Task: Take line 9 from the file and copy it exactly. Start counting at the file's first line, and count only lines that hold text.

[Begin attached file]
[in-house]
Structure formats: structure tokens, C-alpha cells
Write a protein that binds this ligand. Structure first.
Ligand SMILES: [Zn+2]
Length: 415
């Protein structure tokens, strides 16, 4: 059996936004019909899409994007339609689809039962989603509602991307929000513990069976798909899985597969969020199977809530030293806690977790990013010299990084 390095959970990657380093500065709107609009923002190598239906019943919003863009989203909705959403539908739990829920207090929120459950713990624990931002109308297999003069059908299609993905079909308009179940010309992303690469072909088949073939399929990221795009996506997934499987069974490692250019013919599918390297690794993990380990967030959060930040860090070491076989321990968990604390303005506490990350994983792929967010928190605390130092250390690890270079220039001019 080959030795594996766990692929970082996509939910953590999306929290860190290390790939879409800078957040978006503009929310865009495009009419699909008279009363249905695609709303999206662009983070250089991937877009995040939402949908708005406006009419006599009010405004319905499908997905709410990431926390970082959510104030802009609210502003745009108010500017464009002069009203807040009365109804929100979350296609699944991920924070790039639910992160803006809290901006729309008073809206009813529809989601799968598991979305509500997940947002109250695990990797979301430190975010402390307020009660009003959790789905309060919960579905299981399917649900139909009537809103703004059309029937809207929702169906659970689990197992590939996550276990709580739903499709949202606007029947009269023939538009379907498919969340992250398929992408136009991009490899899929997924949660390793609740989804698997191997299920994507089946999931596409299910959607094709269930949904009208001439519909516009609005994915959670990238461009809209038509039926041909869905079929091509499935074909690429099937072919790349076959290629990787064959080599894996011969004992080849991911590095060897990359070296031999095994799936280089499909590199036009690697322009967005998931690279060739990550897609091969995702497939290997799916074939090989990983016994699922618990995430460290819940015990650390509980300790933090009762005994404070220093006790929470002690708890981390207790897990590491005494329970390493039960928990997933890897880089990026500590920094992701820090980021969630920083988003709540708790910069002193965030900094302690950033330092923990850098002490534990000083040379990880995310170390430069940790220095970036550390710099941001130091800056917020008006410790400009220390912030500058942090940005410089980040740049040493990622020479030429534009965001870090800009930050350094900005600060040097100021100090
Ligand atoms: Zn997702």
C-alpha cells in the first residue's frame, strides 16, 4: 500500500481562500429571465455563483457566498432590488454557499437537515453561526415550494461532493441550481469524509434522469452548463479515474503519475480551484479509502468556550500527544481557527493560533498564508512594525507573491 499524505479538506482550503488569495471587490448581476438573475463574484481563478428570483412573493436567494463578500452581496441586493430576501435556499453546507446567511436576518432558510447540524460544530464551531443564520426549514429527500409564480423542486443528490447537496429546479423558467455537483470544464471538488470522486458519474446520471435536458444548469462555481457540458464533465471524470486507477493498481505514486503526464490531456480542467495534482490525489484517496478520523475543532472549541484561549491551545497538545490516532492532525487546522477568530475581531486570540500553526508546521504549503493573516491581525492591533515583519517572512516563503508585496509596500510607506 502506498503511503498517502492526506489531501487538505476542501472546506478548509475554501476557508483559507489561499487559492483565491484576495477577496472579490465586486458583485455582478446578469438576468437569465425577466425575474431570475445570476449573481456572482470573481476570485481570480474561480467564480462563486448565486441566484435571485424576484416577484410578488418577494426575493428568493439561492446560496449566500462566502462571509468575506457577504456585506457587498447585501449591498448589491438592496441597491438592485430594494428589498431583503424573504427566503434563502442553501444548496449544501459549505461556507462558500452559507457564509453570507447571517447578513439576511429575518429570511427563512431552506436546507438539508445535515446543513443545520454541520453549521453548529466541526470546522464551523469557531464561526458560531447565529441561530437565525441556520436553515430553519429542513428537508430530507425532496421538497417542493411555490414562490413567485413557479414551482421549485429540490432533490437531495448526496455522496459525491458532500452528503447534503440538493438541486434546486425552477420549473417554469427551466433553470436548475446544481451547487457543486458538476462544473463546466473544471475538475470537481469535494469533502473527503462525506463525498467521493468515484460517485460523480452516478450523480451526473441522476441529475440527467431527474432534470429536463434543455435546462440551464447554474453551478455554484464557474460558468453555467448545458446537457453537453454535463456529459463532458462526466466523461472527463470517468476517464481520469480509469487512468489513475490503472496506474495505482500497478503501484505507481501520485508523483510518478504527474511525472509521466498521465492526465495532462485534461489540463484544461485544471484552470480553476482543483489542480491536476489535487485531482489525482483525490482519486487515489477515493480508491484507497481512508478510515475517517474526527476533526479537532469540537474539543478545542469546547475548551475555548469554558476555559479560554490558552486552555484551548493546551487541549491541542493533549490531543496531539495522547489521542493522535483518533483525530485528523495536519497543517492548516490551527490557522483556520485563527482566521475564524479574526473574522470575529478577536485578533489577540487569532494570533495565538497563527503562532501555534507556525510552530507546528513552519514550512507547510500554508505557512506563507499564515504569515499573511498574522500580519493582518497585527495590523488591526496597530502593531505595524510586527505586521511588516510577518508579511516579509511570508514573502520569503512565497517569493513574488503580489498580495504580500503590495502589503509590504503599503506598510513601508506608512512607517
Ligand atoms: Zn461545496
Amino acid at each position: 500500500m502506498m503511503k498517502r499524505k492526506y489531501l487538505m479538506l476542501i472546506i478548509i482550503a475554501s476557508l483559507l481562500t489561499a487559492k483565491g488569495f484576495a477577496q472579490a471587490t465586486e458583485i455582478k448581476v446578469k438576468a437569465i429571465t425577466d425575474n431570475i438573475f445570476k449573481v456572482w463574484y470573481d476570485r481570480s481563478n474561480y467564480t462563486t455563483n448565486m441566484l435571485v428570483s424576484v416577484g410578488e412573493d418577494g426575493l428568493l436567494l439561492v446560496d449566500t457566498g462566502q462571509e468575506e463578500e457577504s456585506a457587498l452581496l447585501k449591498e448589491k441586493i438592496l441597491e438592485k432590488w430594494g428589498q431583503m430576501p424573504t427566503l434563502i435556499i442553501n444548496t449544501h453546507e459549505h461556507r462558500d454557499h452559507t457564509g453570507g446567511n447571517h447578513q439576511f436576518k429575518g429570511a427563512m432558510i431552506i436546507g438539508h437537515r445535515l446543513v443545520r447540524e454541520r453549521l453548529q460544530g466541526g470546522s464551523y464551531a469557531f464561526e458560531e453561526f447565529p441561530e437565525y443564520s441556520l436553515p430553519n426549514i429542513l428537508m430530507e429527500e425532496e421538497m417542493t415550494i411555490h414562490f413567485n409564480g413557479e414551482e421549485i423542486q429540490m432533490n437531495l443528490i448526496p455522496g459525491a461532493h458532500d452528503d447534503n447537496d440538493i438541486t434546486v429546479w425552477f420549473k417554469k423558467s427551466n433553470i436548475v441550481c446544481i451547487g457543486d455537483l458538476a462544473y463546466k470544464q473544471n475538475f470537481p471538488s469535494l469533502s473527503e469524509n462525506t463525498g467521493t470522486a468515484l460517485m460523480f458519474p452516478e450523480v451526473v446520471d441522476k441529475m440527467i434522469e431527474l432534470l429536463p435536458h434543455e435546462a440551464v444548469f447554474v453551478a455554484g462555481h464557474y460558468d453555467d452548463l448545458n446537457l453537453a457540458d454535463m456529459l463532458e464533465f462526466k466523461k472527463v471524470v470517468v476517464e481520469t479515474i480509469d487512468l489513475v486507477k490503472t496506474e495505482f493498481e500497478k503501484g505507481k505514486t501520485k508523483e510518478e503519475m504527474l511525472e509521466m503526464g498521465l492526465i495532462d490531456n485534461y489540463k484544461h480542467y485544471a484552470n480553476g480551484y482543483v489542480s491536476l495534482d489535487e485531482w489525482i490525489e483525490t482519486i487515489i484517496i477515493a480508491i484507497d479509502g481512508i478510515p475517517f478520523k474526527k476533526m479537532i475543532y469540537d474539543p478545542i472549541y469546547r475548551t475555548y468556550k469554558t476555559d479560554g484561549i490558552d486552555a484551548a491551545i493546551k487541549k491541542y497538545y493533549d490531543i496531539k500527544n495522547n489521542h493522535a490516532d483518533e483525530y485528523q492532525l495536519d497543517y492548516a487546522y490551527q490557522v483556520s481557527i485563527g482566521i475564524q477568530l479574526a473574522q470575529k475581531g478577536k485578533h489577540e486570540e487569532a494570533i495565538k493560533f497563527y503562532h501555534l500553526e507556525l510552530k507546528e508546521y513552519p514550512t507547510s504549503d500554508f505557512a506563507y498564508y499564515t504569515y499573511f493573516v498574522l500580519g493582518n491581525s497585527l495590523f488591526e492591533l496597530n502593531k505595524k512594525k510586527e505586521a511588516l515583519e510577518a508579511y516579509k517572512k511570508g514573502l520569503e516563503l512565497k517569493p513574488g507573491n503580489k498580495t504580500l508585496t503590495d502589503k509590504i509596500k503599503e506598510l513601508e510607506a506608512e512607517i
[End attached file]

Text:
Ligand atoms: Zn461545496